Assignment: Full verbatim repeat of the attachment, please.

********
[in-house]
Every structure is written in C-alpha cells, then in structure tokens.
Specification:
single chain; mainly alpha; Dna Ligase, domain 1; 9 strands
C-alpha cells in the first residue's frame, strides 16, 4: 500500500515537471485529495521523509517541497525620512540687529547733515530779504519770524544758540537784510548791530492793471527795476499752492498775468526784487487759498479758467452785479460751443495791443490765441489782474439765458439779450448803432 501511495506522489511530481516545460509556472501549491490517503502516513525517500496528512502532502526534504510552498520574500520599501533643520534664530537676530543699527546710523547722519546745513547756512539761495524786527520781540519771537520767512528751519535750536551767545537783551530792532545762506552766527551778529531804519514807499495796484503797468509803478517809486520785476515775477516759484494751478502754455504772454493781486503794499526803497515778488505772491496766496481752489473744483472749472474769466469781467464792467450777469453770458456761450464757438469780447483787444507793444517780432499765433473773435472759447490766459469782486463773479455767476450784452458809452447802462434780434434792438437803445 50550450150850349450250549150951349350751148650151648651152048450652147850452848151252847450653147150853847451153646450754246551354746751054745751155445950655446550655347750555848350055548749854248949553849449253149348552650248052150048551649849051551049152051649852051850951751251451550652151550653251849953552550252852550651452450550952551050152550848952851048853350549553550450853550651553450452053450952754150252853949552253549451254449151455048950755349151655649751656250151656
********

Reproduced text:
[in-house]
Every structure is written in C-alpha cells, then in structure tokens.
Specification:
single chain; mainly alpha; Dna Ligase, domain 1; 9 strands
C-alpha cells in the first residue's frame, strides 16, 4: 500500500515537471485529495521523509517541497525620512540687529547733515530779504519770524544758540537784510548791530492793471527795476499752492498775468526784487487759498479758467452785479460751443495791443490765441489782474439765458439779450448803432 501511495506522489511530481516545460509556472501549491490517503502516513525517500496528512502532502526534504510552498520574500520599501533643520534664530537676530543699527546710523547722519546745513547756512539761495524786527520781540519771537520767512528751519535750536551767545537783551530792532545762506552766527551778529531804519514807499495796484503797468509803478517809486520785476515775477516759484494751478502754455504772454493781486503794499526803497515778488505772491496766496481752489473744483472749472474769466469781467464792467450777469453770458456761450464757438469780447483787444507793444517780432499765433473773435472759447490766459469782486463773479455767476450784452458809452447802462434780434434792438437803445 50550450150850349450250549150951349350751148650151648651152048450652147850452848151252847450653147150853847451153646450754246551354746751054745751155445950655446550655347750555848350055548749854248949553849449253149348552650248052150048551649849051551049152051649852051850951751251451550652151550653251849953552550252852550651452450550952551050152550848952851048853350549553550450853550651553450452053450952754150252853949552253549451254449151455048950755349151655649751656250151656